Tedesco calls for flexibility, local control
SALISBURY — John Tedesco, Republican candidate for state schools superintendent, says he wants to bring an outsider’s perspective to the N.C. Department of Public Instruction.
Tedesco, a member of the Wake County School Board, stopped by the Rowan Public Library headquarters on Thursday to greet early voters and tell them why he’s running.
His Democratic opponent, Raleigh resident June Atkinson, is the current state superintendent. Before her election in 2004 and re-election in 2008, Atkinson worked for the Department of Public Instruction for nearly 28 years.
“She’s been there as part of that bureaucracy since 1976, so it’s part of her whole frame of reference,” Tedesco said. “I’ve led on a local school board, so I know the burden of what Raleigh does to the local school districts.”
Tedesco, of Garner, was elected in 2009 and served as the school board’s vice chair in 2011. He said he leads a system with 169 schools, a $1.4 billion budget, 150,000 children and 18,000 employees.
As state superintendent, he said he wants to direct money away from administration at the state level and toward the classroom, giving local school boards more flexibility.
“Those dollars are better spent in Rowan County schools than in a ‘pink palace’ in Raleigh,” he said, referring to the state’s distinctive public instruction building.
Tedesco said local officials best know the needs of their schools, and they might look very different from the needs in other parts of North Carolina. Plans that work for children on the coast may not help them in the mountains or the Piedmont, he said, and teachers should have the freedom to educate their students in different ways.
“One in eight teachers are leaving the profession, and they’re talking about the sheer amount of cumbersome bureaucracy that they have to deal with,” he said. “They spend more time jumping through hoops in Raleigh and Washington than teaching anymore. That’s hurting our kids.”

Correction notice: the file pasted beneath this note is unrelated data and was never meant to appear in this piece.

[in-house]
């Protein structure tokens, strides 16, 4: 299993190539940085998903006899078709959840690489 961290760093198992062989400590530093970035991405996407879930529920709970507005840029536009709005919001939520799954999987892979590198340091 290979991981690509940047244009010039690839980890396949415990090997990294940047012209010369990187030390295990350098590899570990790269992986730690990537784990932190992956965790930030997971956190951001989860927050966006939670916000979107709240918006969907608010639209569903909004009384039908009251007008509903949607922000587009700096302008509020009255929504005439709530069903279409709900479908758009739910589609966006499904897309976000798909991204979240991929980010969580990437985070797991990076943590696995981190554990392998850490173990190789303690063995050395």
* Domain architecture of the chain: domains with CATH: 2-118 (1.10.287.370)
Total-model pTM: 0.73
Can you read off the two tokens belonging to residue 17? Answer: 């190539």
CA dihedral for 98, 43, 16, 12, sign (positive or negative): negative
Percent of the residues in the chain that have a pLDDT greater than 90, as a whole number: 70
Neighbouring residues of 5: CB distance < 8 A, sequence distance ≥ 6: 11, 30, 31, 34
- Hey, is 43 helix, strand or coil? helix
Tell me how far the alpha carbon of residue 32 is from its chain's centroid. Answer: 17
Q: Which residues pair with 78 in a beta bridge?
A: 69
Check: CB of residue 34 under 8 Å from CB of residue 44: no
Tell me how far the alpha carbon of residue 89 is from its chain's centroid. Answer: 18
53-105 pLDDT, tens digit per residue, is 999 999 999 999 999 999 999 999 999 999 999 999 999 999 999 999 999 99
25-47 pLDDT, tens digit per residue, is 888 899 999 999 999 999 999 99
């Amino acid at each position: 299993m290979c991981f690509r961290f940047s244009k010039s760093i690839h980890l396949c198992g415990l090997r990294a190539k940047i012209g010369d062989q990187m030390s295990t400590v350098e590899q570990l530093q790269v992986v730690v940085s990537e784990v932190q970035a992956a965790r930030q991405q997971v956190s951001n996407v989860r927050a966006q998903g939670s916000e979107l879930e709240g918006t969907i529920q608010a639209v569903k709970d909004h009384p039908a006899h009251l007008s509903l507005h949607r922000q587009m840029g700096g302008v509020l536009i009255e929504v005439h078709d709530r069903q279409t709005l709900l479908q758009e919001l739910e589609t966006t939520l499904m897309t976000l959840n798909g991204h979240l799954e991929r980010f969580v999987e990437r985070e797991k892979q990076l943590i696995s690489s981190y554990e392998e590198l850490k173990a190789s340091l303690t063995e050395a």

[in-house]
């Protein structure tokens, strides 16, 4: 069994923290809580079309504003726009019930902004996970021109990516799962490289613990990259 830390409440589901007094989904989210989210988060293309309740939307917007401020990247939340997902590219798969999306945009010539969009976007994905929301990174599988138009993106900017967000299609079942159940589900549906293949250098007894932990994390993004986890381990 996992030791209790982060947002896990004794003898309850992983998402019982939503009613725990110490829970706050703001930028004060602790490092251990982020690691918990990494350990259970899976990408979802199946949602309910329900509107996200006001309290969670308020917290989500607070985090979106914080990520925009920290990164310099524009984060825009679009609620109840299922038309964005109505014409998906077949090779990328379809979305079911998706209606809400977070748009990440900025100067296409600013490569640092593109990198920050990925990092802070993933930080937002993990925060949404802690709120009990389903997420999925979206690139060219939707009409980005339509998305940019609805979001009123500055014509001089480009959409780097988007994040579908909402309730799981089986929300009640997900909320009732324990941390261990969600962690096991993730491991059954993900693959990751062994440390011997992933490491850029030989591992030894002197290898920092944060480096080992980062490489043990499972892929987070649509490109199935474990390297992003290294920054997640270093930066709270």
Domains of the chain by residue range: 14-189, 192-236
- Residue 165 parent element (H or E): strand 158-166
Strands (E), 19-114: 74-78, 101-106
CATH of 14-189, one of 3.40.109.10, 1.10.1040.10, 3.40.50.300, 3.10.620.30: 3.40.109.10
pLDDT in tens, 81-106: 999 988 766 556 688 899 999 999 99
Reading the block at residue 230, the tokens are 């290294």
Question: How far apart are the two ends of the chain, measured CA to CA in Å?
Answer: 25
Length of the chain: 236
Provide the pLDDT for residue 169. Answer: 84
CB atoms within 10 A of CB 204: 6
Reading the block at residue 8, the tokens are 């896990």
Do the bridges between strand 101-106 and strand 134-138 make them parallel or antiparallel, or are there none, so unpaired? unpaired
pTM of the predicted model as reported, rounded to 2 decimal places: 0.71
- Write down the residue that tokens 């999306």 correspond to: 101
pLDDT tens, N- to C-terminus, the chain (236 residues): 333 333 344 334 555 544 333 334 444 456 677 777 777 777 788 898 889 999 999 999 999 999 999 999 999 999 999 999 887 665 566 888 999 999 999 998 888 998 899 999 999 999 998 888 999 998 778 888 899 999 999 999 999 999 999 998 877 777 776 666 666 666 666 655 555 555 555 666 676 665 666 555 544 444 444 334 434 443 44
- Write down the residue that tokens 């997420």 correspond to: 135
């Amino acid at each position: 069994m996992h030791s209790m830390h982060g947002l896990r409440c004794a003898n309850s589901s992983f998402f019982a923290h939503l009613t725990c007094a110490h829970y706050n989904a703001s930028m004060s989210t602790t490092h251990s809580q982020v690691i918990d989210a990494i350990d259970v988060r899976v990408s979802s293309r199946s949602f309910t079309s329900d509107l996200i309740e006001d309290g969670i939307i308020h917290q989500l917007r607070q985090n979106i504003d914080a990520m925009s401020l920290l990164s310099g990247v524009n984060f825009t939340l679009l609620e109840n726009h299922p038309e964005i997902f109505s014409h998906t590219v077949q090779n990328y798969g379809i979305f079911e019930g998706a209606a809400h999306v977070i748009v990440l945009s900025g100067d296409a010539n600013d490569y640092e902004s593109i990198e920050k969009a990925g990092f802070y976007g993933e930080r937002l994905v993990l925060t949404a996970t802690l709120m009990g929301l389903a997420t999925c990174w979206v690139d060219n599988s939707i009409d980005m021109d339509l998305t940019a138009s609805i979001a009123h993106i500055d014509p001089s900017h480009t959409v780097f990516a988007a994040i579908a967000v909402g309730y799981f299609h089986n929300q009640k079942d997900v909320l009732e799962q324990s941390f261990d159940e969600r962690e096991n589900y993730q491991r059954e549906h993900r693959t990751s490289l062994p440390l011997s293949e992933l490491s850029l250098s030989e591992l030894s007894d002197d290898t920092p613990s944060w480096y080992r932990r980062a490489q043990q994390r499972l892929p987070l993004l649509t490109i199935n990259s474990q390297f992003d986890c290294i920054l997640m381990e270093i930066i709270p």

Tedesco said he and the other board members successfully cut the school system’s budget by more than $100 million while giving teachers more money and resources.
He also spearheaded a school choice plan that has been at the center of a high-profile national controversy.
The plan, supported by Republicans and approved in March 2010 by a 5-4 vote, removes the link between students’ addresses and their school assignments, instead relying on a system where children and their parents rank nearby schools in order of preference.
The state chapter of the NAACP filed a civil rights complaint and held two protests against the plan, saying it would resegregate the schools. Other opponents said it would create an imbalance among the schools and a disadvantage for low-income and minority students. One superintendent resigned in 2011 in protest of the new school assignment process, and his successor was fired in September by a (newly Democratic) majority of the school board.
Tedesco said Thursday that the Wake County system had been growing so fast that students faced “constant reshuffling” as the assignments were rebalanced for diversity.
“A child could go to one school for second grade, one school for third and another school for fourth,” Tedesco said.
He argued that the new plan, which became effective in the 2011-12 school year, has not hurt economically disadvantaged students. In fact, he said, new efforts to reach those students through alternative schools and programs have actually helped their performance.
Giving parents choices empowers them, he said, and keeps them engaged in their children’s education. He said competition should be encouraged with new ventures like charter schools, but as a student of public schools, Tedesco also said he wants to focus on meeting their needs.
Tedesco supports expanding vocational programs, apprenticeships and early college opportunities.
He also said he wants to end “social promotions” that move up underperforming K-12 students, instead making sure they can successfully read, write and do math at grade level.
Tedesco earned a bachelor’s degree in political science with a concentration in public administration from Thiel College in Greenville, Pa., just north of where he grew up in the Pittsburgh area.
He now lives in Garner with his wife, Jennifer, and their son Gabriel.
Contact reporter Karissa Minn at 704-797-4222.